The [sqlite3_mutex_enter()] attempts to enter the mutex and blocks
  if another threads is already there.  [sqlite3_mutex_try()] attempts
  to enter and returns SQLITE_OK on success or SQLITE_BUSY if another
  thread is already there.  [sqlite3_mutex_leave()] exits a mutex.
  The mutex is held until the number of exits matches the number of
  entrances.  If [sqlite3_mutex_leave()] is called on a mutex that 
  the thread is not currently holding, then the behavior is undefined.
  If any routine is called for a deallocated mutex, then the behavior
  is undefined.
}



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#
# Run this TCL script to generate HTML for the goals.html file.
#
set rcsid {$Id: 34to35.tcl,v 1.3 2007/09/03 20:32:45 drh Exp $}
source common.tcl
header {SQLite Changes From Version 3.4.2 To 3.5.0}

proc CODE {text} {
  puts "<blockquote><pre>"
  puts $text
  puts "</pre></blockquote>"
................................................................................
    puts "<br>$caption"
  }
  puts "</center>"
}
proc PARAGRAPH {text} {
  # regsub -all "/(\[a-zA-Z0-9\]+)/" $text {<i>\1</i>} t2
  #regsub -all "\\*(\[^\n*\]+)\\*" $text {<tt><b><big>\1</big></b></tt>} t3
  regsub -all {\[([^]\n]+)\]} $text {[resolve_link \1]} t3
  puts "<p>[subst -novar -noback $t3]</p>\n"
}
proc resolve_link {args} {
  set a2 [split $args |]
  set id [string trim [lindex $a2 0]]
  if {[lindex $a2 1]==""} {
    set display [string trim [lindex $a2 0]]
  } else {
    set display [string trim [lrange $a2 1 end]]
  }
  regsub -all {[^a-zA-Z0-9_]} $id {} id
  return "<a href=\"capi3ref.html#$id\">$display</a>"
}
set level(0) 0
set level(1) 0
proc HEADING {n name {tag {}}} {
  if {$tag!=""} {
    puts "<a name=\"$tag\">"
  }
................................................................................
  is provide here.  Subsequent sections will describe these
  changes in more detail.
}
PARAGRAPH {
  <ol>
  <li>The OS interface layer has been completely reworked:
  <ol type="a">
  <li>The undocumented <b>sqlite3_os_switch()</b> interface has
      been removed.</li>
  <li>The <b>SQLITE_ENABLE_REDEF_IO</b> compile-time flag no longer functions.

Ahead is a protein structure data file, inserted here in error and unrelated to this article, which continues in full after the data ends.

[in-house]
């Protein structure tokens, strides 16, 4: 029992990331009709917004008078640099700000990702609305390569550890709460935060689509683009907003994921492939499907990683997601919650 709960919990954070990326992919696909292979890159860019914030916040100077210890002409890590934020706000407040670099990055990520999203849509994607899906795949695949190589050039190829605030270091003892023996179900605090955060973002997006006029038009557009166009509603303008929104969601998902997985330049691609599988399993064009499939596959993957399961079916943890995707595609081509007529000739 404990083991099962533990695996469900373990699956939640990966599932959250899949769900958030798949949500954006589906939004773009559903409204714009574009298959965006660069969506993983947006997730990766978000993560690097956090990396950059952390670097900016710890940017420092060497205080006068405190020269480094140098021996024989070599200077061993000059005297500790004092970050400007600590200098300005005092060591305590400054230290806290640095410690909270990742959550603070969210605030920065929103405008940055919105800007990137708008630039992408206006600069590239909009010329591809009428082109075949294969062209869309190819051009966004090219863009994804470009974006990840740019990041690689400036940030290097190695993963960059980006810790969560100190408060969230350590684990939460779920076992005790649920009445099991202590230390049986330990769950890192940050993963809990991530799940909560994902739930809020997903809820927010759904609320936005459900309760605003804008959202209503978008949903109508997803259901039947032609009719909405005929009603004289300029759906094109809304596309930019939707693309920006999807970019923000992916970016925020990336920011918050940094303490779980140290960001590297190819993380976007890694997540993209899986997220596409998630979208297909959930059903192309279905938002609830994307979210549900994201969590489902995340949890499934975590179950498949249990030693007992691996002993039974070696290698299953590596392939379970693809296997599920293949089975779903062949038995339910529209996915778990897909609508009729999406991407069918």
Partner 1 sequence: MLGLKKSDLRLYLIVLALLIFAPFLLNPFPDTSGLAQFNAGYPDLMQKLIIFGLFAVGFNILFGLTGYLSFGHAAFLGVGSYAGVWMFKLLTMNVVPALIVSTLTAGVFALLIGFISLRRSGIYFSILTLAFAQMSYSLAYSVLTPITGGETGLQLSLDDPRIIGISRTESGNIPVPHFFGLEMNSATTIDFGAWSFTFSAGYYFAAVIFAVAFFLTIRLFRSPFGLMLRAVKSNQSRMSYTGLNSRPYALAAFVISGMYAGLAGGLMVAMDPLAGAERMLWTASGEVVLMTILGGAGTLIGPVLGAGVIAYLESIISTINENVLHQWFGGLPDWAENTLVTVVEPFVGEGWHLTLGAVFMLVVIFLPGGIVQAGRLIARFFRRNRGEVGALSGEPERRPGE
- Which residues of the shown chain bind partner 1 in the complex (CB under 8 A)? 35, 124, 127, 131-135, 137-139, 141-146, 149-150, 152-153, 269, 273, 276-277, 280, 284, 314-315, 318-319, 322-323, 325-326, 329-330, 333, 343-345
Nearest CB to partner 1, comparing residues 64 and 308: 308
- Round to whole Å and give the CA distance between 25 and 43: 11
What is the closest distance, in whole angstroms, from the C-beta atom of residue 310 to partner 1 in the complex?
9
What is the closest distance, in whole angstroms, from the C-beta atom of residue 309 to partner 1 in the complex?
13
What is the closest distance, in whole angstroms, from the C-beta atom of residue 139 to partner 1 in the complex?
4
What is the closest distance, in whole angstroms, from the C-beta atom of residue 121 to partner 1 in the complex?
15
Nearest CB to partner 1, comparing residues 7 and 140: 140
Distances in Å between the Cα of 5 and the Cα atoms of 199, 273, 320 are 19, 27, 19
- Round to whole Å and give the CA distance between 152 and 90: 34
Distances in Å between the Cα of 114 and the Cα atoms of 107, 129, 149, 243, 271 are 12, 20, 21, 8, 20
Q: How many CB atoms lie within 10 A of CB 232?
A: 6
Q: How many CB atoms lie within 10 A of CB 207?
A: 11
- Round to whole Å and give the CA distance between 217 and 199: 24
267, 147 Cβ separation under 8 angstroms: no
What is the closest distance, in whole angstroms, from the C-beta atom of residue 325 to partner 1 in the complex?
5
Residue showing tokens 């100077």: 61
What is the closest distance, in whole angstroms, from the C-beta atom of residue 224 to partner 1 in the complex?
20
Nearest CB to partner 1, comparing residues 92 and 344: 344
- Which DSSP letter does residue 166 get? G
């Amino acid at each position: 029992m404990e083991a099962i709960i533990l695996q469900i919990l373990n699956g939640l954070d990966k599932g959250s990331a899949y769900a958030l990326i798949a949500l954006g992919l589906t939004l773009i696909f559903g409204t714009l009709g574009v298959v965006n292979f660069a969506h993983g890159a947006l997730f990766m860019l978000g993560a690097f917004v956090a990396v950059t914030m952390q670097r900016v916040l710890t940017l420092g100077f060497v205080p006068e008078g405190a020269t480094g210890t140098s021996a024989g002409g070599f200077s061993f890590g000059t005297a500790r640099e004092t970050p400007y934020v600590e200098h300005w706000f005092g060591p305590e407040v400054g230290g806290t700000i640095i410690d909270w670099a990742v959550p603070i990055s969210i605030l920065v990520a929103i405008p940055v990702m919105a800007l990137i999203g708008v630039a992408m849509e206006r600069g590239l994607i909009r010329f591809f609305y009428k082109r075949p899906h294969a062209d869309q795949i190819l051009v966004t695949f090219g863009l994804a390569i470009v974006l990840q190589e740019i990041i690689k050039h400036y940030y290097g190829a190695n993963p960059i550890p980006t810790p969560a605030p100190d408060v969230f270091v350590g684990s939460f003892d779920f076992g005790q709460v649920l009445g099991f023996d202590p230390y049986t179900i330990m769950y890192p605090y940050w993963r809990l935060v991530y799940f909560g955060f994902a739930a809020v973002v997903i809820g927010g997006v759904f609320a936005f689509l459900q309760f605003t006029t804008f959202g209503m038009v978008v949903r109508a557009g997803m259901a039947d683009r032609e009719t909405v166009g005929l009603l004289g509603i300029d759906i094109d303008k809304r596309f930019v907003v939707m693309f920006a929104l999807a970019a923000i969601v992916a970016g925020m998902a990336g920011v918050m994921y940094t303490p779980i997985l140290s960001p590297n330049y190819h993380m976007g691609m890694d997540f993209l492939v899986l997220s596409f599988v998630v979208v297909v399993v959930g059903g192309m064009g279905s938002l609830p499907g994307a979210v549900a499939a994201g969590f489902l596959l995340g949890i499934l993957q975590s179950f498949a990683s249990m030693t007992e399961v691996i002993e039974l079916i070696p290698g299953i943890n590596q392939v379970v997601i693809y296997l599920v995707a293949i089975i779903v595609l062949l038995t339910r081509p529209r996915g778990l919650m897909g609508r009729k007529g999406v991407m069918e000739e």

I/O procedures are now always redefinable.</li>
  <li>Three new objects are defined for specifying I/O procedures:
      [sqlite3_vfs], [sqlite3_file], and [sqlite3_io_methods].</li>
  <li>Three new interfaces are used to create alternative OS interfaces:
      [sqlite3_vfs_register()], [sqlite3_vfs_unregister()], and
      [sqlite3_vfs_find()].</li>
  <li>A new interface has been added to provided additional control over
................................................................................
  systems. 
}

HEADING 1 {The OS Interface Layer}

PARAGRAPH {
  If your system defines a custom OS interface for SQLite or if you
  were using the undocumented <b>sqlite3_os_switch()</b>
  interface, then you will need to make modifications in order to
  upgrade to SQLite version 3.5.0.  This may seem painful at first
  glance.  But as you look more closely, you will probably discover
  that your changes are made smaller and easier to understand and manage
  by the new SQLite interface.  It is likely that your changes will
  now also work seamlessly with the SQLite amalgamation.  You will
  no longer need to make any changes to the code SQLite source code.
................................................................................
  SQLite will guarantee that the zFilename string passed to
  xOpen() is a full pathname as generated by xFullPathname() and
  that the string will be valid and unchanged until xClose() is
  called.  So the [sqlite3_file] can store a pointer to the
   filename if it needs to remember the filename for some reason.
   The flags argument to xOpen() is a copy of the flags argument
   to sqlite3_open_v2().  If sqlite3_open() or sqlite3_open16()
   is used, then flags is [SQLITE_OPEN_READWRITE] | [SQLITE_OPEN_CREATE].
   If xOpen() opens a file read-only then it sets *pOutFlags to
   include [SQLITE_OPEN_READONLY].  Other bits in *pOutFlags may be
   set.
   SQLite will also add one of the following flags to the xOpen()
   call, depending on the object being opened:
   <ul>
   <li>  [SQLITE_OPEN_MAIN_DB]
   <li>  [SQLITE_OPEN_MAIN_JOURNAL]
   <li>  [SQLITE_OPEN_TEMP_DB]
   <li>  [SQLITE_OPEN_TEMP_JOURNAL]
   <li>  [SQLITE_OPEN_TRANSIENT_DB]
   <li>  [SQLITE_OPEN_SUBJOURNAL]
   <li>  [SQLITE_OPEN_MASTER_JOURNAL]
   </ul>
   The file I/O implementation can use the object type flags to
   changes the way it deals with files.  For example, an application
   that does not care about crash recovery or rollback, might make
   the open of a journal file a no-op.  Writes to this journal are
   also a no-op.  Any attempt to read the journal returns [SQLITE_IOERR].
   Or the implementation might recognize the a database file will
   be doing page-aligned sector reads and writes in a random order